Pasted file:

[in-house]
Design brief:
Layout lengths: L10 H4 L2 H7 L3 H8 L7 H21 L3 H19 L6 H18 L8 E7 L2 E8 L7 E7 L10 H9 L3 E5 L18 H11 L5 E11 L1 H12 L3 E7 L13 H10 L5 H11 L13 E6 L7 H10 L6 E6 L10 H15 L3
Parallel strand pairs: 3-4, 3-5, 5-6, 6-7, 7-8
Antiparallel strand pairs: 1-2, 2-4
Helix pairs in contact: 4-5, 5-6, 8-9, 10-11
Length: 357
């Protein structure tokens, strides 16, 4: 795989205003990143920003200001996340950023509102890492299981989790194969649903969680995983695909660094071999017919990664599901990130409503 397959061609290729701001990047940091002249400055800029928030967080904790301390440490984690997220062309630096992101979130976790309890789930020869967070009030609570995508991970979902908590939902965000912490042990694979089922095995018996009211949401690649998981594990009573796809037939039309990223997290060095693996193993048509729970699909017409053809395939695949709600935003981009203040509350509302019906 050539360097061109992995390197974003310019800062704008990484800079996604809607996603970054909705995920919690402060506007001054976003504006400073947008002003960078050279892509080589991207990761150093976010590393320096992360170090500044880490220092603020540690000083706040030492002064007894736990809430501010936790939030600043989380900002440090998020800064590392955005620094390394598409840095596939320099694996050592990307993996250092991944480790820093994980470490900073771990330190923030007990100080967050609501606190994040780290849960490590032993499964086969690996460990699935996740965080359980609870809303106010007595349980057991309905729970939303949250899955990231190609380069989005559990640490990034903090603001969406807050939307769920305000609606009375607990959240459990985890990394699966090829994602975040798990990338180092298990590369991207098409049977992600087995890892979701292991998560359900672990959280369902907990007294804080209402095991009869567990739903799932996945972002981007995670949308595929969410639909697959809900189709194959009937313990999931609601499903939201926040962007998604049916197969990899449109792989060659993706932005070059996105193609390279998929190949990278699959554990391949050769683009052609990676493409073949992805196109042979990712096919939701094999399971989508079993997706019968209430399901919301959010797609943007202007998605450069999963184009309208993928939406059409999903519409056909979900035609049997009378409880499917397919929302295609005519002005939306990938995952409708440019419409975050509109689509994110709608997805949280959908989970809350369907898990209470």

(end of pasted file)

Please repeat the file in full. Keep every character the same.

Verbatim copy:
[in-house]
Design brief:
Layout lengths: L10 H4 L2 H7 L3 H8 L7 H21 L3 H19 L6 H18 L8 E7 L2 E8 L7 E7 L10 H9 L3 E5 L18 H11 L5 E11 L1 H12 L3 E7 L13 H10 L5 H11 L13 E6 L7 H10 L6 E6 L10 H15 L3
Parallel strand pairs: 3-4, 3-5, 5-6, 6-7, 7-8
Antiparallel strand pairs: 1-2, 2-4
Helix pairs in contact: 4-5, 5-6, 8-9, 10-11
Length: 357
């Protein structure tokens, strides 16, 4: 795989205003990143920003200001996340950023509102890492299981989790194969649903969680995983695909660094071999017919990664599901990130409503 397959061609290729701001990047940091002249400055800029928030967080904790301390440490984690997220062309630096992101979130976790309890789930020869967070009030609570995508991970979902908590939902965000912490042990694979089922095995018996009211949401690649998981594990009573796809037939039309990223997290060095693996193993048509729970699909017409053809395939695949709600935003981009203040509350509302019906 050539360097061109992995390197974003310019800062704008990484800079996604809607996603970054909705995920919690402060506007001054976003504006400073947008002003960078050279892509080589991207990761150093976010590393320096992360170090500044880490220092603020540690000083706040030492002064007894736990809430501010936790939030600043989380900002440090998020800064590392955005620094390394598409840095596939320099694996050592990307993996250092991944480790820093994980470490900073771990330190923030007990100080967050609501606190994040780290849960490590032993499964086969690996460990699935996740965080359980609870809303106010007595349980057991309905729970939303949250899955990231190609380069989005559990640490990034903090603001969406807050939307769920305000609606009375607990959240459990985890990394699966090829994602975040798990990338180092298990590369991207098409049977992600087995890892979701292991998560359900672990959280369902907990007294804080209402095991009869567990739903799932996945972002981007995670949308595929969410639909697959809900189709194959009937313990999931609601499903939201926040962007998604049916197969990899449109792989060659993706932005070059996105193609390279998929190949990278699959554990391949050769683009052609990676493409073949992805196109042979990712096919939701094999399971989508079993997706019968209430399901919301959010797609943007202007998605450069999963184009309208993928939406059409999903519409056909979900035609049997009378409880499917397919929302295609005519002005939306990938995952409708440019419409975050509109689509994110709608997805949280959908989970809350369907898990209470």